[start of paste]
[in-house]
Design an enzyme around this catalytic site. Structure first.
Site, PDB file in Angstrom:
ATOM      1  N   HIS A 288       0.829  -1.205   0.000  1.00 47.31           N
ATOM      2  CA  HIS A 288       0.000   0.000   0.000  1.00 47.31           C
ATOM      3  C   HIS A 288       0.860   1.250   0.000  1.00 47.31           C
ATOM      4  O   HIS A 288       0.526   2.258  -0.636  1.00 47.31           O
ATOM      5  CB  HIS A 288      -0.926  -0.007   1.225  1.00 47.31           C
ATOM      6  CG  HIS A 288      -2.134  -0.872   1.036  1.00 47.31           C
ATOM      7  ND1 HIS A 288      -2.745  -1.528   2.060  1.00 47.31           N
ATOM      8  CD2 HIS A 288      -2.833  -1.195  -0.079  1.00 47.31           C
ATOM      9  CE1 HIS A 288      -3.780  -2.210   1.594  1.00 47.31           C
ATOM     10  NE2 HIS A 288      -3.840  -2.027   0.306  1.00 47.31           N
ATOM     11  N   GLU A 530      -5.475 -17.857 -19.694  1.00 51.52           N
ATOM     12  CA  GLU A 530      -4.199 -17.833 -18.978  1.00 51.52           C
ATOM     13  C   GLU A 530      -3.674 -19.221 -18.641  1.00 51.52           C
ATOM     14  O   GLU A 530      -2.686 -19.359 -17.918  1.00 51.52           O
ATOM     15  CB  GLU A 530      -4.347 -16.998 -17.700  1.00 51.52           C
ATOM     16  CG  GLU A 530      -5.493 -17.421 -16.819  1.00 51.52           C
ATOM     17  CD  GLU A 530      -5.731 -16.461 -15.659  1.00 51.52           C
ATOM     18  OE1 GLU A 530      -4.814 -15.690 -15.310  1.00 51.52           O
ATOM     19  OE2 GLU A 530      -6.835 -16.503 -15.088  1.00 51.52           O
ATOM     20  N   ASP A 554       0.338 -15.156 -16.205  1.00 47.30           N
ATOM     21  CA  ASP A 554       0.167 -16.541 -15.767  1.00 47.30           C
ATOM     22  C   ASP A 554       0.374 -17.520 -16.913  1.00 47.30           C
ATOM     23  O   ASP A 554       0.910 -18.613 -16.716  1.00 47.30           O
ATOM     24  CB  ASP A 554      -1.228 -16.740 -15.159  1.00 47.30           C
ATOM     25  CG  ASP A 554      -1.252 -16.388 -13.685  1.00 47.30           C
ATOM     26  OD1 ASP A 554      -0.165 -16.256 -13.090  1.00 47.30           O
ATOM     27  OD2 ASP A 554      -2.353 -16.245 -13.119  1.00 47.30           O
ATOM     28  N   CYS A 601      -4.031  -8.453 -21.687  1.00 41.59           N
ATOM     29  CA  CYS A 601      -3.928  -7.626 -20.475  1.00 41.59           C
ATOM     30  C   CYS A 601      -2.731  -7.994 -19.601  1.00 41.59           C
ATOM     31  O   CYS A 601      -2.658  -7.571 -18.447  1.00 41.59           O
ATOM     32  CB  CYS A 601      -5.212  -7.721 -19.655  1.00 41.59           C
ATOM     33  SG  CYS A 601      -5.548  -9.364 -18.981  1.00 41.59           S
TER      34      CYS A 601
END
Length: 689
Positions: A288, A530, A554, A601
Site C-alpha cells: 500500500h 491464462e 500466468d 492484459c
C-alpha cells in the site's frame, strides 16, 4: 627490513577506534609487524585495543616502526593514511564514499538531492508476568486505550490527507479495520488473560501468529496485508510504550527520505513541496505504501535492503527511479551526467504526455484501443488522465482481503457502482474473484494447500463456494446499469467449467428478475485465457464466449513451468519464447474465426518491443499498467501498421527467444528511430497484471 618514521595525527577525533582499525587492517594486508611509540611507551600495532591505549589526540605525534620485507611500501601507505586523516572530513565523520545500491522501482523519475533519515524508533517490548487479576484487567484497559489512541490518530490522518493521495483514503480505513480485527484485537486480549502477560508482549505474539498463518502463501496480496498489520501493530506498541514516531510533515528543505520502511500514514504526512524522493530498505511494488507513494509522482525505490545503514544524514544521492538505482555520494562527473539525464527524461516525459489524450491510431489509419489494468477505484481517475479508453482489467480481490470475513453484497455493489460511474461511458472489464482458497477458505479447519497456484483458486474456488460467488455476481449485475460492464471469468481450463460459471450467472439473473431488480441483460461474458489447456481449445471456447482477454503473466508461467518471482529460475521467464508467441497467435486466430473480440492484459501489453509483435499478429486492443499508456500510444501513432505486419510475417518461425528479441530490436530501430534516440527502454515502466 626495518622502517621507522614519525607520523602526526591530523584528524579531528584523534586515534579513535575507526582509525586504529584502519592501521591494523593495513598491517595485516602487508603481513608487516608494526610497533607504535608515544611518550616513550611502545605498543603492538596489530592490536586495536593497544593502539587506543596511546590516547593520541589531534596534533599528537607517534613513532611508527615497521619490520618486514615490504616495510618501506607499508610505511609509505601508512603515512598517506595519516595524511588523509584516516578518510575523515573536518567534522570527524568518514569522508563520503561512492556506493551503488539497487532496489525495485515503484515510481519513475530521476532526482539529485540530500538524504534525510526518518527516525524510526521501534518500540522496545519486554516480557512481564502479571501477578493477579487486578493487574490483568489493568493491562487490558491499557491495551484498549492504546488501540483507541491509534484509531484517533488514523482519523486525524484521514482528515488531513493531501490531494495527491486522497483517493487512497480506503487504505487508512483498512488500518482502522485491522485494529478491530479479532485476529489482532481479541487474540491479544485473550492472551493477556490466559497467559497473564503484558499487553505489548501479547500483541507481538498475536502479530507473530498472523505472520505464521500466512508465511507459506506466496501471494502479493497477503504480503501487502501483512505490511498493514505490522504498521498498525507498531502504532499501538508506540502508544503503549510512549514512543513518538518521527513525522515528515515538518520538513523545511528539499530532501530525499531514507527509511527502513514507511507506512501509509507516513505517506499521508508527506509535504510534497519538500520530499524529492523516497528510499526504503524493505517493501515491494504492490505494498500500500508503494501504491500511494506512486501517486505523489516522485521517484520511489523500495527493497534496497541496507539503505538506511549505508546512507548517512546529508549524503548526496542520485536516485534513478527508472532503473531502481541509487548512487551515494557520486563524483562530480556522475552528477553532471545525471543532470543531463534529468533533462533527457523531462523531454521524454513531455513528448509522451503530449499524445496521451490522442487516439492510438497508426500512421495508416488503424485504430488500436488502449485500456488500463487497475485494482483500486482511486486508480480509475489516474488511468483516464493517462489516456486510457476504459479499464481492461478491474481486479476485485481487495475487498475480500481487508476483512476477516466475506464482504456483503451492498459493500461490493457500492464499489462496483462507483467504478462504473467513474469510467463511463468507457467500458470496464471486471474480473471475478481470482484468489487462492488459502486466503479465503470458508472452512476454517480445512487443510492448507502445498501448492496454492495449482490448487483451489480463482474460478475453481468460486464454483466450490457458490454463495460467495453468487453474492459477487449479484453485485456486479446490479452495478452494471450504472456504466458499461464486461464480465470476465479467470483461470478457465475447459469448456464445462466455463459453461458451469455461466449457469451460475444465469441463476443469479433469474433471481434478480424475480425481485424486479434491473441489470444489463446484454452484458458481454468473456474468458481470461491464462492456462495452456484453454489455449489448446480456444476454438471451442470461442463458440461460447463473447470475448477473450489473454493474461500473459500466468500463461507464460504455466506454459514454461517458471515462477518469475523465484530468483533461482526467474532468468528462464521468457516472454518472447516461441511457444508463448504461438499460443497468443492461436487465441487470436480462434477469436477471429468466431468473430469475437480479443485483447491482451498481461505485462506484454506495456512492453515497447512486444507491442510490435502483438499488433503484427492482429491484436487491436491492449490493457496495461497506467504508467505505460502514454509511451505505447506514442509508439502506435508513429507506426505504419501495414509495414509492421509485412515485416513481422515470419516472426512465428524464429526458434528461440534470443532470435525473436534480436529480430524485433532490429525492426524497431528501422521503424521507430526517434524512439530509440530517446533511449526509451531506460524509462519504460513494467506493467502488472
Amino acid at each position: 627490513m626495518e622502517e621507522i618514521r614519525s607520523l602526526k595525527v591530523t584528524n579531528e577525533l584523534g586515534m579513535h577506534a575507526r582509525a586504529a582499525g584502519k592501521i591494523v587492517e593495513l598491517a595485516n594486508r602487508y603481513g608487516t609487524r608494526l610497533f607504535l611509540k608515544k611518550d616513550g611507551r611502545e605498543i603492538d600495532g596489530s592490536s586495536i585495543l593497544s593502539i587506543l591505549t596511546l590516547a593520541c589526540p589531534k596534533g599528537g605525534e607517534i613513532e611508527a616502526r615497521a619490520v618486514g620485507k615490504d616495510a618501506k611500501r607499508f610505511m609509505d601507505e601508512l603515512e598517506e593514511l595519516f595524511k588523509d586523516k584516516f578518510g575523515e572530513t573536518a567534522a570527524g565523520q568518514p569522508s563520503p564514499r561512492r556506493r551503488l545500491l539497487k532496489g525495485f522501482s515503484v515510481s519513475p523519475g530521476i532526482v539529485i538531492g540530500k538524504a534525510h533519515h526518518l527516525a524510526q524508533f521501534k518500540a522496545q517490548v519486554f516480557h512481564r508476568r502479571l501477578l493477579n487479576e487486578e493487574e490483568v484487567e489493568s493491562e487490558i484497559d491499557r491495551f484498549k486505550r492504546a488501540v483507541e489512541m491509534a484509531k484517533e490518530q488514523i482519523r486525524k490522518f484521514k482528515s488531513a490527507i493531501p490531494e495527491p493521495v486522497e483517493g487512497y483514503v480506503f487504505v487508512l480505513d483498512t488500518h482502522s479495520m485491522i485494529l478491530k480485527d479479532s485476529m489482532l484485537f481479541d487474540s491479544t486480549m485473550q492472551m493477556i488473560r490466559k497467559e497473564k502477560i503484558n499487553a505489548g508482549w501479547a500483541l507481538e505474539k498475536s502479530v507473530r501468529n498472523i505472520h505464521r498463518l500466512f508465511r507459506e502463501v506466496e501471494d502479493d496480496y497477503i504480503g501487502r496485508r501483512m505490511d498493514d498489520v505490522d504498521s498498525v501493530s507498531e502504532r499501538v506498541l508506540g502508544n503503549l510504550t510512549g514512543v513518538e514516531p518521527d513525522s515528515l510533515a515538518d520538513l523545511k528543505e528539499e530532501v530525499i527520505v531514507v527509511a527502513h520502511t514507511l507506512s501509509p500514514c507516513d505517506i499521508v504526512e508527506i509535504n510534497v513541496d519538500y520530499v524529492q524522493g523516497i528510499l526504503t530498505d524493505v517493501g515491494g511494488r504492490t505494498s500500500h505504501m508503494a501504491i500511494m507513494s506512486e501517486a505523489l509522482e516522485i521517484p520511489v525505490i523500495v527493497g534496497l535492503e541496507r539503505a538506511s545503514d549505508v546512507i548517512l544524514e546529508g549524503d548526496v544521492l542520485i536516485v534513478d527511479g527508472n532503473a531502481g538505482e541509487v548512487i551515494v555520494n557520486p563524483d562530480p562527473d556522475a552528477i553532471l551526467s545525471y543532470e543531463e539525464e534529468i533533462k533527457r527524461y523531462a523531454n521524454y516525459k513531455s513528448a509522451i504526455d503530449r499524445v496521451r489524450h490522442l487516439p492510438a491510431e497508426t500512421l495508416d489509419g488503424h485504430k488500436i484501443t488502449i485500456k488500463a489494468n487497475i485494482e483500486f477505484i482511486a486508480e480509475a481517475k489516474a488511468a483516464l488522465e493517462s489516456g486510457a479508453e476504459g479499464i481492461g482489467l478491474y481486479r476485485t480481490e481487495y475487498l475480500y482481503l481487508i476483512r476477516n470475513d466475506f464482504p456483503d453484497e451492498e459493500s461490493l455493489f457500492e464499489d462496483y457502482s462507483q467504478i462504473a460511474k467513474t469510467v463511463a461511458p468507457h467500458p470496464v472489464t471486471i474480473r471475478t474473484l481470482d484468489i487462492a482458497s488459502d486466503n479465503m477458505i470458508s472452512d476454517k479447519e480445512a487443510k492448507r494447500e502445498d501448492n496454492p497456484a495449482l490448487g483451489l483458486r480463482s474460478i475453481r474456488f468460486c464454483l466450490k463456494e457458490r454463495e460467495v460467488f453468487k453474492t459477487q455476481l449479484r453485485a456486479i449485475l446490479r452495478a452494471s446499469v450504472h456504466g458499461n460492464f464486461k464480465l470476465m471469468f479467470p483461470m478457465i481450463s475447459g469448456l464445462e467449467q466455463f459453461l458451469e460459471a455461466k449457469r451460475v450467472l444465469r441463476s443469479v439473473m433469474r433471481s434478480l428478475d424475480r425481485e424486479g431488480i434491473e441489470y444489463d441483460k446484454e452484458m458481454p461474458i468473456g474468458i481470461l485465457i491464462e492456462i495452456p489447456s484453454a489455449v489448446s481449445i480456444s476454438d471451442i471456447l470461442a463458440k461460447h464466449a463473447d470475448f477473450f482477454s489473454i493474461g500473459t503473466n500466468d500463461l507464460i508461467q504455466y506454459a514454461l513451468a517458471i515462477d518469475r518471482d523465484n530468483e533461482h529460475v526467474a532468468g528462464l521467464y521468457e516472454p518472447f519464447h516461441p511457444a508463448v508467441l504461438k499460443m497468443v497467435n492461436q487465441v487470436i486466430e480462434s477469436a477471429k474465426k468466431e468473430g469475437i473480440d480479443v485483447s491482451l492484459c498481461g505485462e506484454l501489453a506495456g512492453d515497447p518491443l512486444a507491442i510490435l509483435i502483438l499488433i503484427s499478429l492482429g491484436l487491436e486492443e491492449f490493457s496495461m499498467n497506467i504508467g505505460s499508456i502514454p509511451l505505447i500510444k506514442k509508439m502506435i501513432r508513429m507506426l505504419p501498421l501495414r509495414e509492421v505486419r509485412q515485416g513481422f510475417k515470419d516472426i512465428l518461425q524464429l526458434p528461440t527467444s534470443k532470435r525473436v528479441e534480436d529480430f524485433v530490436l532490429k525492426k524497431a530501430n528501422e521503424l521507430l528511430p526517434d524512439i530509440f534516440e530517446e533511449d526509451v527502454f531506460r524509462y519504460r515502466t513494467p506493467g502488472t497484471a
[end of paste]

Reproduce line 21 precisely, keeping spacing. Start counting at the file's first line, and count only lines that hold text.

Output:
ATOM     18  OE1 GLU A 530      -4.814 -15.690 -15.310  1.00 51.52           O